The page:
Celestial navigation is finding your position using the stars, sun,
moon, and planets. Although easy in concept, in practice it is
complicated to determine your position on Earth; this page will
try to explain the principle, without the math.
## A FixAfix is defined as the intersection of two or more lines
of position. In piloting, a line of position or LOP
can be a compass bearing to a known point on land, such as a
lighthouse; when plotted on a chart, that bearing from the lighthouse
represents a line that your ship must be on. A crossing line of
position from another object produces a fix; additional lines of
position verify the fix by crossing on or near the intersection
point. A running fix uses a single line of position advanced
with the dead reckoning (DR) position to obtain crossing
bearings over time from a single navigation aid; similarly, LOPs
may be advanced or retarded with the DR to compensate for not having
been measured simultaneously. Due to the long time it takes to
complete a set of celestial observations, advancing and retarding
LOPs is a common feature of a celestial fix.
## The Celestial SphereTo the celestial navigator, the Earth is a perfect sphere. The stars are on thecelestial sphere-- remember globes you may
have seen with the Earth surrounded by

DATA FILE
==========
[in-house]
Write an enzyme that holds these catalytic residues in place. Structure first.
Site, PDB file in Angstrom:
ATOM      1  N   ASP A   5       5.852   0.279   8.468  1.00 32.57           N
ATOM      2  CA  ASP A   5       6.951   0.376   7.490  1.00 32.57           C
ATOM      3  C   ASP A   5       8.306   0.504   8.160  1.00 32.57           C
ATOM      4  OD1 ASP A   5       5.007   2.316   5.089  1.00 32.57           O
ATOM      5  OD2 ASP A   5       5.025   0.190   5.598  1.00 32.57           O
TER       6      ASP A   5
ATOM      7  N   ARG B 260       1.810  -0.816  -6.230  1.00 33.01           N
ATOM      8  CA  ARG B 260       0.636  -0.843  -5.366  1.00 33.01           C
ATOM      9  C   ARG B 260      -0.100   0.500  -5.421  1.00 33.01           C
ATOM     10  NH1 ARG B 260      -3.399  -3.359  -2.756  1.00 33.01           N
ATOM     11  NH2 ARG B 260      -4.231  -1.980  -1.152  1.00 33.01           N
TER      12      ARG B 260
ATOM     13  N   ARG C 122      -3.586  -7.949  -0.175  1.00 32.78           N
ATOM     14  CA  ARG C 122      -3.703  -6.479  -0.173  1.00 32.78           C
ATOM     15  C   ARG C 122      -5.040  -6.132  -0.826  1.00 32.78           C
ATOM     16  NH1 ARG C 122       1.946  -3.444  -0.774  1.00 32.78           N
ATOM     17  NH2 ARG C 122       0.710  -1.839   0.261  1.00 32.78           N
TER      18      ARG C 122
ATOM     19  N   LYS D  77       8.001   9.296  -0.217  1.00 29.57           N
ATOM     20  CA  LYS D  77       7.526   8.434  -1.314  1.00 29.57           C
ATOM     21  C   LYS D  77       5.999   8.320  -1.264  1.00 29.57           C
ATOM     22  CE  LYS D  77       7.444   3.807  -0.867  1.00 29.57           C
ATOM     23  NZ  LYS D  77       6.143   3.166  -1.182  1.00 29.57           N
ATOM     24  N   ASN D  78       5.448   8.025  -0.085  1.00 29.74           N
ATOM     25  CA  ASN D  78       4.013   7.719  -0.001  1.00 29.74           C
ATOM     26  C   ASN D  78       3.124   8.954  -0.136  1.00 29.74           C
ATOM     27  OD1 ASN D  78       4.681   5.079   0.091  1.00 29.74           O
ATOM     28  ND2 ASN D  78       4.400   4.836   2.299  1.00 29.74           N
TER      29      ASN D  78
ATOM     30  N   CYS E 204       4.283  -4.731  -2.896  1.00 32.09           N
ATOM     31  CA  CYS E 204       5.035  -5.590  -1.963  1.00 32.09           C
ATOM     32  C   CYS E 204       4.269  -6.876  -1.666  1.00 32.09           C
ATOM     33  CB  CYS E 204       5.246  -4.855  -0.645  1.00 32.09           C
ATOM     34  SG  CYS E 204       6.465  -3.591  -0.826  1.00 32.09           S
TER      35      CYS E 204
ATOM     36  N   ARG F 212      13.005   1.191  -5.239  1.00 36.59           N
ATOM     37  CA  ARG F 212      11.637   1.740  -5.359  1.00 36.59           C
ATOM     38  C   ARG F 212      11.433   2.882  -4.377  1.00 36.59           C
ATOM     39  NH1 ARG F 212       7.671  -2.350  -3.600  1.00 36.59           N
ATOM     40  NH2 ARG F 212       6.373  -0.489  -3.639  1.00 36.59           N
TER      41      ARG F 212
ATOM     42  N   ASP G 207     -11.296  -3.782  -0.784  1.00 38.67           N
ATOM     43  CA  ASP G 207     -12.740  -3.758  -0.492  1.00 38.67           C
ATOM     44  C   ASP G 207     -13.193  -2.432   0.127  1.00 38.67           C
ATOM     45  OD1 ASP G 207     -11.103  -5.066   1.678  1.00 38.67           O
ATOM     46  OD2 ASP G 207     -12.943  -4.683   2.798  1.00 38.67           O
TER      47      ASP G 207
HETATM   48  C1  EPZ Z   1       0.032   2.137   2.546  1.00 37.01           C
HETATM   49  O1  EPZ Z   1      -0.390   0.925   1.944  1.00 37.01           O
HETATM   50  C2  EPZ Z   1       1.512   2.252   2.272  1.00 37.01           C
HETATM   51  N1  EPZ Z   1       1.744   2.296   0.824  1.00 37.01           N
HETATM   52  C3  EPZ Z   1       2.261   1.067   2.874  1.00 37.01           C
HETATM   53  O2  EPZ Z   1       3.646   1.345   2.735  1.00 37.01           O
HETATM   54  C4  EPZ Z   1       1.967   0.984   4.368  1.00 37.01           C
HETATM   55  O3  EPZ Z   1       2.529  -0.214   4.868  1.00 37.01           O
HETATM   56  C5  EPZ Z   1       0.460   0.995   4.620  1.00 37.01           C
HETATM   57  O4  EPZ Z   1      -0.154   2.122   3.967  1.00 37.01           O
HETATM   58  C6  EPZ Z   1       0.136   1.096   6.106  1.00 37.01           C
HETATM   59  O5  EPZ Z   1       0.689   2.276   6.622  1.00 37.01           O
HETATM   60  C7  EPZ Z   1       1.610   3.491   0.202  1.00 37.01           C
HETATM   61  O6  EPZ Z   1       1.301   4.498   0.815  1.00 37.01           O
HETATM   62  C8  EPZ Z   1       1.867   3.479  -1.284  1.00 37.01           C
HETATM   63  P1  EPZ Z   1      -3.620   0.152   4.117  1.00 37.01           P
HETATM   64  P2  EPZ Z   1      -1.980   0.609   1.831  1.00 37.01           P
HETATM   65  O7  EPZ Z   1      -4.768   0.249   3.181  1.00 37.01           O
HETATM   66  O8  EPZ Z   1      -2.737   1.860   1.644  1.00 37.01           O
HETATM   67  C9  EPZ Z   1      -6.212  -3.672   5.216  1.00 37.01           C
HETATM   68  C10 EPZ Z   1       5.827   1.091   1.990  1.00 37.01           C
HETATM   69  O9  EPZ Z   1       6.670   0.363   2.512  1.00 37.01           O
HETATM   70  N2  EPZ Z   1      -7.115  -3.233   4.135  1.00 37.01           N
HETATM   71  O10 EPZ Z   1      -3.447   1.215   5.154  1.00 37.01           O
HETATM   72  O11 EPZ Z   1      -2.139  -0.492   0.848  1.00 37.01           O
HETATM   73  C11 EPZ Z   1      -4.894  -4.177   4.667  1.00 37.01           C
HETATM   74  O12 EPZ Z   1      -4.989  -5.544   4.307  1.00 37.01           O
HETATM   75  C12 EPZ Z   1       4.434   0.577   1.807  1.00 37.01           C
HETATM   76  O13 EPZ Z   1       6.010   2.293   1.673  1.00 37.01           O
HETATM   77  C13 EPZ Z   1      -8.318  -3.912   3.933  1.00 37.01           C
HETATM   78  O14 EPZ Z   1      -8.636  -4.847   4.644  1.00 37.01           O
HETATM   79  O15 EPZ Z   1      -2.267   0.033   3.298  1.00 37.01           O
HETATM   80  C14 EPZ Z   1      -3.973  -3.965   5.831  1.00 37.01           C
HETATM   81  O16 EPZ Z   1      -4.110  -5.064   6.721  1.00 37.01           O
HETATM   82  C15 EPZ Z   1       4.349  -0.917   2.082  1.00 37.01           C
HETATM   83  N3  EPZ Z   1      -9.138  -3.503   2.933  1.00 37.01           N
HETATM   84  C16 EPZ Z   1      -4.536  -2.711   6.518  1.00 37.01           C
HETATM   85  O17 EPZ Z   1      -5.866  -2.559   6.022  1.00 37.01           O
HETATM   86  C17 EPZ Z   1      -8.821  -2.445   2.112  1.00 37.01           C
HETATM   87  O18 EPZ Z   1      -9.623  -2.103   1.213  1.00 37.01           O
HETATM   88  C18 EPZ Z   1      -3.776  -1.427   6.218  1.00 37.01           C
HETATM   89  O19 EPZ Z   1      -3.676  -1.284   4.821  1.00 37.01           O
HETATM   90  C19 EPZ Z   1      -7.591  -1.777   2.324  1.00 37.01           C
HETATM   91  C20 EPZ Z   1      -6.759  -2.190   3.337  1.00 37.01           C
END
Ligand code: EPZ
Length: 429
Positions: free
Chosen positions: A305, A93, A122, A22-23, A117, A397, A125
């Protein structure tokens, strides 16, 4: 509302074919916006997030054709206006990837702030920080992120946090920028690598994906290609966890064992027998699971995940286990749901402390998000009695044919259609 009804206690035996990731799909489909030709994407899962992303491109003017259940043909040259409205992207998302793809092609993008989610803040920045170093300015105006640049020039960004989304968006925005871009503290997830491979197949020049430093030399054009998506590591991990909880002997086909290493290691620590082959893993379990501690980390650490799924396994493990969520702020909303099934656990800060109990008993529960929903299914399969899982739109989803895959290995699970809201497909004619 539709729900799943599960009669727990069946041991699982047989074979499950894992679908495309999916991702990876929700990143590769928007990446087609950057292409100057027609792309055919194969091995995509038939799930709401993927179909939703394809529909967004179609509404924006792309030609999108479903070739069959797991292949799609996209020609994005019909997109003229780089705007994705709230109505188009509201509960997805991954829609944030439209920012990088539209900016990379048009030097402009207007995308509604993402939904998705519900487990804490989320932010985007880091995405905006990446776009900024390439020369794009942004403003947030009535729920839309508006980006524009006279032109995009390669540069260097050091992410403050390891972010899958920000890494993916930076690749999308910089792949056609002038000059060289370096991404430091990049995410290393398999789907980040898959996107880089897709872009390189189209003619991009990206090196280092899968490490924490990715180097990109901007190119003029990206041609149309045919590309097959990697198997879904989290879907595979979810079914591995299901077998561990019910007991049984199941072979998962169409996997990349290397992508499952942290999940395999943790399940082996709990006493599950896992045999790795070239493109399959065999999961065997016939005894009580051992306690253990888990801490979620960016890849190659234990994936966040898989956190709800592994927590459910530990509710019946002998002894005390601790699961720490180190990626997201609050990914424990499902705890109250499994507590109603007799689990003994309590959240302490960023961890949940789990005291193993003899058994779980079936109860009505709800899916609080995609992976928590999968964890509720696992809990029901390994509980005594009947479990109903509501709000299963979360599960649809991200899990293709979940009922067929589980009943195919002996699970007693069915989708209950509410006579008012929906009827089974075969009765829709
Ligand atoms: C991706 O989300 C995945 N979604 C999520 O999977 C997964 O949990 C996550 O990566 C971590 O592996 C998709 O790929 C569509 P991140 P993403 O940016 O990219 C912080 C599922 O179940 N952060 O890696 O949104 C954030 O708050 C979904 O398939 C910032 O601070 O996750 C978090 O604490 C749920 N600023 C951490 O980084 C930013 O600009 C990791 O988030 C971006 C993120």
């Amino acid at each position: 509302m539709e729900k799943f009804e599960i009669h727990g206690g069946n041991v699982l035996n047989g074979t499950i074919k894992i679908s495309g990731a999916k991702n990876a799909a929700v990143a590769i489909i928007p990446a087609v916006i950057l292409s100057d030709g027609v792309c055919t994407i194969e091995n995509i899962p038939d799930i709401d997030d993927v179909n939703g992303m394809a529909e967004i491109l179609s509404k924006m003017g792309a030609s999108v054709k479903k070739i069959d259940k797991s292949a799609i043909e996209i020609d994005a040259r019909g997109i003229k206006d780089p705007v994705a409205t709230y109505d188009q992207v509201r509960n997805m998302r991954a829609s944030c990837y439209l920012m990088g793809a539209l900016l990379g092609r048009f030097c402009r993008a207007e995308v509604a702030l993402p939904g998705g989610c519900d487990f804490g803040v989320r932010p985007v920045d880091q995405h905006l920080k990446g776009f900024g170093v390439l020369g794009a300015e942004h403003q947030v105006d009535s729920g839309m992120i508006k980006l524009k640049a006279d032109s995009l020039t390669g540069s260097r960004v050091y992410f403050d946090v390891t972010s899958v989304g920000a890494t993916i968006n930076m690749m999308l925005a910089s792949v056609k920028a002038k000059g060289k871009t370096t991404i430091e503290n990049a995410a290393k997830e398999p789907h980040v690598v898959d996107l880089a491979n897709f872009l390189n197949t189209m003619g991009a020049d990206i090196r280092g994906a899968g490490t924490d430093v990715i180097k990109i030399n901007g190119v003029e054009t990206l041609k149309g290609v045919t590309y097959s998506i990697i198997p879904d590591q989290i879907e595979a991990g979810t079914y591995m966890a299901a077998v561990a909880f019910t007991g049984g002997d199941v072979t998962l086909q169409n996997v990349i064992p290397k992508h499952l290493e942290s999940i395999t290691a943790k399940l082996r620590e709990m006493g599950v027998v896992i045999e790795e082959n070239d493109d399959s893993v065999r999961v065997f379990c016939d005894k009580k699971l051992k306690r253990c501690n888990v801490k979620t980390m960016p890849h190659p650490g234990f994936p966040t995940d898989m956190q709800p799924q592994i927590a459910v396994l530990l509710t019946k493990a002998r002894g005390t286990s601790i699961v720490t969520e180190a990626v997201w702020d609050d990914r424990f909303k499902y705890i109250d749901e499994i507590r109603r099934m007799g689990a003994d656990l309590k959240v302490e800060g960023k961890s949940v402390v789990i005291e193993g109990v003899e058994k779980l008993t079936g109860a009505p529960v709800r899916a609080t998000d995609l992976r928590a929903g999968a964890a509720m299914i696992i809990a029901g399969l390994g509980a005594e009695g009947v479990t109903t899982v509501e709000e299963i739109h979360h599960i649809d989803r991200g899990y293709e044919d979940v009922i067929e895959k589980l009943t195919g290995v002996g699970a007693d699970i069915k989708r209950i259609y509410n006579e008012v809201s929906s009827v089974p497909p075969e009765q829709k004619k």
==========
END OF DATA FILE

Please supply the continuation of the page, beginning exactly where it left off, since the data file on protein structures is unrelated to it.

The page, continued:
a clear sphere with the stars printed on it: that is the celestial
sphere. The stars are fixed upon the sphere in relation to each
other and thus are called fixed stars; 57 of them are
considered bright enough for use in celestial navigation. In fact
the fixed stars do move, but so slowly that only study of an almanac
would reveal it. Planets as a class move among the fixed
stars; the navigational planets are Mercury, Venus, Mars, Jupiter,
Saturn, the Moon, and the Sun. They confine themselves to a band
that extends 8° on either side of the ecliptic, the
apparent path that the sun follows through the sky. The ecliptic
is tilted relative to the Earth's equator due to the tilt of the
Earth's axis.
Positions on Earth are measured in
Positions on the celestial sphere have corresponding latitude and
longitude; the
In the navigator's view of the Earth and celestial sphere, the
Earth is stationary and the celestial sphere rotates around it,
completing one rotation about every 24 hours. At this rate, the
celestial sphere rotates one degree every four minutes. Astronomers
measure celestial longitude ## The Basic ConceptImagine you are standing on the Earth, and one of the navigational stars is directly above you. If you know the time, you can use the Nautical Almanac to find the position of the star on the celestial sphere, and then the position of the spot directly beneath it on the Earth. That's your location. In this situation, if you measured the angle between the horizon and the star (using a sextant, which is merely a tool to accurately measure angles), it would be 90° (less the various corrections we will ignore for now). The line of position (LOP) for a star at an angular altitude of 90° is in fact a dot, called thegeographic position,
or GP.
Now, in your mind picture, step back until the angle of the star
above the horizon is 89°. The LOP in this case is a small
circle around the GP; someone standing anywhere on this circle
would get the same measurement of 89°.
This circular LOP is also called